A Roadmap for TexInfo without Info

TexInfo is a decent system for writing documentation. Its weakness is the “info” file format, which is an obsolete kludge but replacing it is a multi-pronged task.

The paper attempts to specify a replacement format and associated tooling. I will call this format “hinfo” as it is a replacement for info format using html syntax. (However “hinfo” is not proposed as a file extension; hinfo files should use the .html or .xhtml extensions.)

Problems with info

  • Info is a non-standard format used by no-one else. Hence there is very little tooling.
  • Info lines are pre-broken, so it cannot adjust to different screen widths.
  • Info requires a monospace font, and so valuable semantic information is lost. Info cannot distinguish @samp and @code. It indicates @var using upper-case. Info-reading programs have limited ability to recover the lost semantic information. Being able to use poportional fonts for descriptive text and monospaced fonts for code and examples makes documentation easier to read.
  • Info documentation looks ugly. Using info as the publicly visible front-end for GNU documentation presents a bare-bones and behind-the-times image for texinfo and GNU generally. This is bad marketing.

It is possible to improve html/DocBook support without deprecating or dropping info format support. However, that has its own problems:

  • Installing both info files and html files wastes disk space.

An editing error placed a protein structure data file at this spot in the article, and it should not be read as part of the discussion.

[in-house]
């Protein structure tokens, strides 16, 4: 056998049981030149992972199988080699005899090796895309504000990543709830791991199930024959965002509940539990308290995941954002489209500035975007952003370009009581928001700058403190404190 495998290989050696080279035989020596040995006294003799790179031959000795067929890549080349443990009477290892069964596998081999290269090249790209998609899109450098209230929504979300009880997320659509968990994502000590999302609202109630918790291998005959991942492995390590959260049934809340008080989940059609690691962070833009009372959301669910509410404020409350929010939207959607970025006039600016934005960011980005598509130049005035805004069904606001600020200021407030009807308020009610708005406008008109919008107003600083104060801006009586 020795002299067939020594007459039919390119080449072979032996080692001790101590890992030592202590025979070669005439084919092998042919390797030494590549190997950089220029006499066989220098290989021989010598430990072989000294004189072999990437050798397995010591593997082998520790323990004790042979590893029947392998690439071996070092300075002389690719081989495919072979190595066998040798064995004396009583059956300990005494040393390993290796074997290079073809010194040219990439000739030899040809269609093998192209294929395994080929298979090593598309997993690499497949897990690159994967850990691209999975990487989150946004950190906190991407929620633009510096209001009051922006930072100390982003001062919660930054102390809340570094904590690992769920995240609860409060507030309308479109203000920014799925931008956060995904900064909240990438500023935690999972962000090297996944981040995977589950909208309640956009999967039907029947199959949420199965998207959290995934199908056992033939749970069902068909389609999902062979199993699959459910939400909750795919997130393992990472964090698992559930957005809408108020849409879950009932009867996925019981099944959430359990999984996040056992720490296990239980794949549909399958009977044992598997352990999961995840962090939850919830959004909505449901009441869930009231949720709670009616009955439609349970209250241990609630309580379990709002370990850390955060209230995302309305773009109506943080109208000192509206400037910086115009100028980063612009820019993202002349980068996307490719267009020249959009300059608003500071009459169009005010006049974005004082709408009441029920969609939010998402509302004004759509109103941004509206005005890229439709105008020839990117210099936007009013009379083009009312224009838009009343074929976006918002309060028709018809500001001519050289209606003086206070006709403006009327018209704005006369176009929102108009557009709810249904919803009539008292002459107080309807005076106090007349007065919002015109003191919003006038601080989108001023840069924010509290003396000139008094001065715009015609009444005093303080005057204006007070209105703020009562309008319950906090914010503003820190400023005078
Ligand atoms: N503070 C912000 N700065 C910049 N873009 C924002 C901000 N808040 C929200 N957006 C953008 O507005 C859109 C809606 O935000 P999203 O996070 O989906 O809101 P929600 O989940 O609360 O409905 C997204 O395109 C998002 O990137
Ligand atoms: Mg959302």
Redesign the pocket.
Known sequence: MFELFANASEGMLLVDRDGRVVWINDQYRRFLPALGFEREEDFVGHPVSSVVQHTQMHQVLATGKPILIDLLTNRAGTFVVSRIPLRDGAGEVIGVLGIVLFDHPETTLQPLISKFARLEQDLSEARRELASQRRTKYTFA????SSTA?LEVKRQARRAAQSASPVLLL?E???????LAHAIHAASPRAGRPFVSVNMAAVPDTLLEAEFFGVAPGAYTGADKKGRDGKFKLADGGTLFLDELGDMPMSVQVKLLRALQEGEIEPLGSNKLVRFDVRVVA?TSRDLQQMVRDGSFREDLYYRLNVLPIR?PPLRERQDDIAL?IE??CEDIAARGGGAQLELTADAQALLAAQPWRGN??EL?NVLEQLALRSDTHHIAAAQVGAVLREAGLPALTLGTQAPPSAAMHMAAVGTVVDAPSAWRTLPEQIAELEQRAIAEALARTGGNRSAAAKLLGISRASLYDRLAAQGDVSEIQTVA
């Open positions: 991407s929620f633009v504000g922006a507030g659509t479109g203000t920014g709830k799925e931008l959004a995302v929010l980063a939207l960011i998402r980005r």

• Having two primary formats for documentation is likely to lead to inconsistencies and other problems. What if one package only installs html, another package only installs info, and a third installs both? We would need more complex and brittle installation directory and search path standards.
  • Which format should Emacs info prefer? If you accept what I wrote above, clearly “hinfo” rather than “info”. But in that case, why continue to install info files, or (longer-term) maintain tooling for them?

XHTML as an Info (format) replacement

The obvious replacement for Info is some variant of HTML or XML.

The format should follow the recommendations for Polyglot markup. This means documents are well-formed as both HTML and XML.

If hinfo is well-formed XML then various processing tools (such as XSLT) can be used to analyze or transform the output. For that to be useful, it is a goal that hinfo contain all or most of the semantic information from the texinfo file. Specifically, it should include all the information currently produced by makeinfo --xml or makeinfo --docbook. That can be done with class and other attributes. It is hoped hinfo can make at least makeinfo --xml obsolete.